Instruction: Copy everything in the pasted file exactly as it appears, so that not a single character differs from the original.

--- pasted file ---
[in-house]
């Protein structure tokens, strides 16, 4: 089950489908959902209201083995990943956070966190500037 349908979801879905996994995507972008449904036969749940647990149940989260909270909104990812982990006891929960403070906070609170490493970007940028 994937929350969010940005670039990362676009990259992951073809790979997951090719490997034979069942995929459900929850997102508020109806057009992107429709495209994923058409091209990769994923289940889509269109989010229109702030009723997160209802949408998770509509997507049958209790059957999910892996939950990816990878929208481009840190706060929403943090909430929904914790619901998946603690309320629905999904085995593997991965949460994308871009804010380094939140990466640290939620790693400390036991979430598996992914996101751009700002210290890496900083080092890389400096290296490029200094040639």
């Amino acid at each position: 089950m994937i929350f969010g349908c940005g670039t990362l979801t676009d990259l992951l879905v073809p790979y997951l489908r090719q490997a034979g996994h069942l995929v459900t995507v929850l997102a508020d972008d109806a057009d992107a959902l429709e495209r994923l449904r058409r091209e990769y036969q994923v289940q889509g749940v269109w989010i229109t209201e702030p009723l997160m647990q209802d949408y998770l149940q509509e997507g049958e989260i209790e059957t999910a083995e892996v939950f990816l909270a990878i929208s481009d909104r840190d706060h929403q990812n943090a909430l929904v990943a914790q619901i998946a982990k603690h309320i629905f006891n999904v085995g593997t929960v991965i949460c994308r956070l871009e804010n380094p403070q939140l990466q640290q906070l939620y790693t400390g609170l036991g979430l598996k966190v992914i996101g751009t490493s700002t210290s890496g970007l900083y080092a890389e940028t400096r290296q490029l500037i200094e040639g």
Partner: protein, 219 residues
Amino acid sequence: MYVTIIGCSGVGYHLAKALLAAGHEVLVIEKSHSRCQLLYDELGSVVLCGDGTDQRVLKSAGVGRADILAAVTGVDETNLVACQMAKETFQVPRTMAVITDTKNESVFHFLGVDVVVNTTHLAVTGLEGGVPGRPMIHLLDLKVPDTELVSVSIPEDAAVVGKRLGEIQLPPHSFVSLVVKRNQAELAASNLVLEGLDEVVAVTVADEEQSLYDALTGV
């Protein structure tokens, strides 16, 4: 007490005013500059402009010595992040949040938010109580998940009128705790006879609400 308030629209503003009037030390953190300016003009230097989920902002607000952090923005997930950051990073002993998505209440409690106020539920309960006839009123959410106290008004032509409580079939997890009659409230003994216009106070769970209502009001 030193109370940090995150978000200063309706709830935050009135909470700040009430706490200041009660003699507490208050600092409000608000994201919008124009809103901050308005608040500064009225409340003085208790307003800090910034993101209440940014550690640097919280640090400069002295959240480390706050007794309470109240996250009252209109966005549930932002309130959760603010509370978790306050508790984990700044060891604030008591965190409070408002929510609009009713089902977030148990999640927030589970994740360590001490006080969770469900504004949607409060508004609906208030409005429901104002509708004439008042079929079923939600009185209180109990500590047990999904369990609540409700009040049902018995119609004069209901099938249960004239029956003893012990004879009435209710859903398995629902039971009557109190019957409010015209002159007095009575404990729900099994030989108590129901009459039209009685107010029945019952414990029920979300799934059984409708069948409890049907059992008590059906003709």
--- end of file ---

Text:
[in-house]
């Protein structure tokens, strides 16, 4: 089950489908959902209201083995990943956070966190500037 349908979801879905996994995507972008449904036969749940647990149940989260909270909104990812982990006891929960403070906070609170490493970007940028 994937929350969010940005670039990362676009990259992951073809790979997951090719490997034979069942995929459900929850997102508020109806057009992107429709495209994923058409091209990769994923289940889509269109989010229109702030009723997160209802949408998770509509997507049958209790059957999910892996939950990816990878929208481009840190706060929403943090909430929904914790619901998946603690309320629905999904085995593997991965949460994308871009804010380094939140990466640290939620790693400390036991979430598996992914996101751009700002210290890496900083080092890389400096290296490029200094040639």
């Amino acid at each position: 089950m994937i929350f969010g349908c940005g670039t990362l979801t676009d990259l992951l879905v073809p790979y997951l489908r090719q490997a034979g996994h069942l995929v459900t995507v929850l997102a508020d972008d109806a057009d992107a959902l429709e495209r994923l449904r058409r091209e990769y036969q994923v289940q889509g749940v269109w989010i229109t209201e702030p009723l997160m647990q209802d949408y998770l149940q509509e997507g049958e989260i209790e059957t999910a083995e892996v939950f990816l909270a990878i929208s481009d909104r840190d706060h929403q990812n943090a909430l929904v990943a914790q619901i998946a982990k603690h309320i629905f006891n999904v085995g593997t929960v991965i949460c994308r956070l871009e804010n380094p403070q939140l990466q640290q906070l939620y790693t400390g609170l036991g979430l598996k966190v992914i996101g751009t490493s700002t210290s890496g970007l900083y080092a890389e940028t400096r290296q490029l500037i200094e040639g």
Partner: protein, 219 residues
Amino acid sequence: MYVTIIGCSGVGYHLAKALLAAGHEVLVIEKSHSRCQLLYDELGSVVLCGDGTDQRVLKSAGVGRADILAAVTGVDETNLVACQMAKETFQVPRTMAVITDTKNESVFHFLGVDVVVNTTHLAVTGLEGGVPGRPMIHLLDLKVPDTELVSVSIPEDAAVVGKRLGEIQLPPHSFVSLVVKRNQAELAASNLVLEGLDEVVAVTVADEEQSLYDALTGV
């Protein structure tokens, strides 16, 4: 007490005013500059402009010595992040949040938010109580998940009128705790006879609400 308030629209503003009037030390953190300016003009230097989920902002607000952090923005997930950051990073002993998505209440409690106020539920309960006839009123959410106290008004032509409580079939997890009659409230003994216009106070769970209502009001 030193109370940090995150978000200063309706709830935050009135909470700040009430706490200041009660003699507490208050600092409000608000994201919008124009809103901050308005608040500064009225409340003085208790307003800090910034993101209440940014550690640097919280640090400069002295959240480390706050007794309470109240996250009252209109966005549930932002309130959760603010509370978790306050508790984990700044060891604030008591965190409070408002929510609009009713089902977030148990999640927030589970994740360590001490006080969770469900504004949607409060508004609906208030409005429901104002509708004439008042079929079923939600009185209180109990500590047990999904369990609540409700009040049902018995119609004069209901099938249960004239029956003893012990004879009435209710859903398995629902039971009557109190019957409010015209002159007095009575404990729900099994030989108590129901009459039209009685107010029945019952414990029920979300799934059984409708069948409890049907059992008590059906003709």